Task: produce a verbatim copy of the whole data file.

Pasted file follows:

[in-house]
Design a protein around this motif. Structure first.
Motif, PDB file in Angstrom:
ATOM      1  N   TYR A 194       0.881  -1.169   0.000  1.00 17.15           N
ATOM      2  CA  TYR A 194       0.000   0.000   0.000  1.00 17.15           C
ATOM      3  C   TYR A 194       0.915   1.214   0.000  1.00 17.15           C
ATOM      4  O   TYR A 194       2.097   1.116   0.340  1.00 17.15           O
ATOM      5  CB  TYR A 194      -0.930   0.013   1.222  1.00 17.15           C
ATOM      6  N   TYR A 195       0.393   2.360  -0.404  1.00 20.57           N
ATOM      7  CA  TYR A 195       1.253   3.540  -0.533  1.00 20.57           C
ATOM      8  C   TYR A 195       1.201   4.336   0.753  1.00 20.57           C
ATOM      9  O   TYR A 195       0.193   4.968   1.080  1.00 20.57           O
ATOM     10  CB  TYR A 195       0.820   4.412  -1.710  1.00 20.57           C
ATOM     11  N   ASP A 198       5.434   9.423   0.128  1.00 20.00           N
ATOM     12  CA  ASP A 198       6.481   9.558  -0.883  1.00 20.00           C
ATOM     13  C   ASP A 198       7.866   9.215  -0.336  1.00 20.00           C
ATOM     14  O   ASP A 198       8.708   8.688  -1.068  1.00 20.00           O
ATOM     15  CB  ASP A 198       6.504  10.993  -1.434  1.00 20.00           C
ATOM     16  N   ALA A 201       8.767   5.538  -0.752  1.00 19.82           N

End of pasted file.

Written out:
[in-house]
Design a protein around this motif. Structure first.
Motif, PDB file in Angstrom:
ATOM      1  N   TYR A 194       0.881  -1.169   0.000  1.00 17.15           N
ATOM      2  CA  TYR A 194       0.000   0.000   0.000  1.00 17.15           C
ATOM      3  C   TYR A 194       0.915   1.214   0.000  1.00 17.15           C
ATOM      4  O   TYR A 194       2.097   1.116   0.340  1.00 17.15           O
ATOM      5  CB  TYR A 194      -0.930   0.013   1.222  1.00 17.15           C
ATOM      6  N   TYR A 195       0.393   2.360  -0.404  1.00 20.57           N
ATOM      7  CA  TYR A 195       1.253   3.540  -0.533  1.00 20.57           C
ATOM      8  C   TYR A 195       1.201   4.336   0.753  1.00 20.57           C
ATOM      9  O   TYR A 195       0.193   4.968   1.080  1.00 20.57           O
ATOM     10  CB  TYR A 195       0.820   4.412  -1.710  1.00 20.57           C
ATOM     11  N   ASP A 198       5.434   9.423   0.128  1.00 20.00           N
ATOM     12  CA  ASP A 198       6.481   9.558  -0.883  1.00 20.00           C
ATOM     13  C   ASP A 198       7.866   9.215  -0.336  1.00 20.00           C
ATOM     14  O   ASP A 198       8.708   8.688  -1.068  1.00 20.00           O
ATOM     15  CB  ASP A 198       6.504  10.993  -1.434  1.00 20.00           C
ATOM     16  N   ALA A 201       8.767   5.538  -0.752  1.00 19.82           N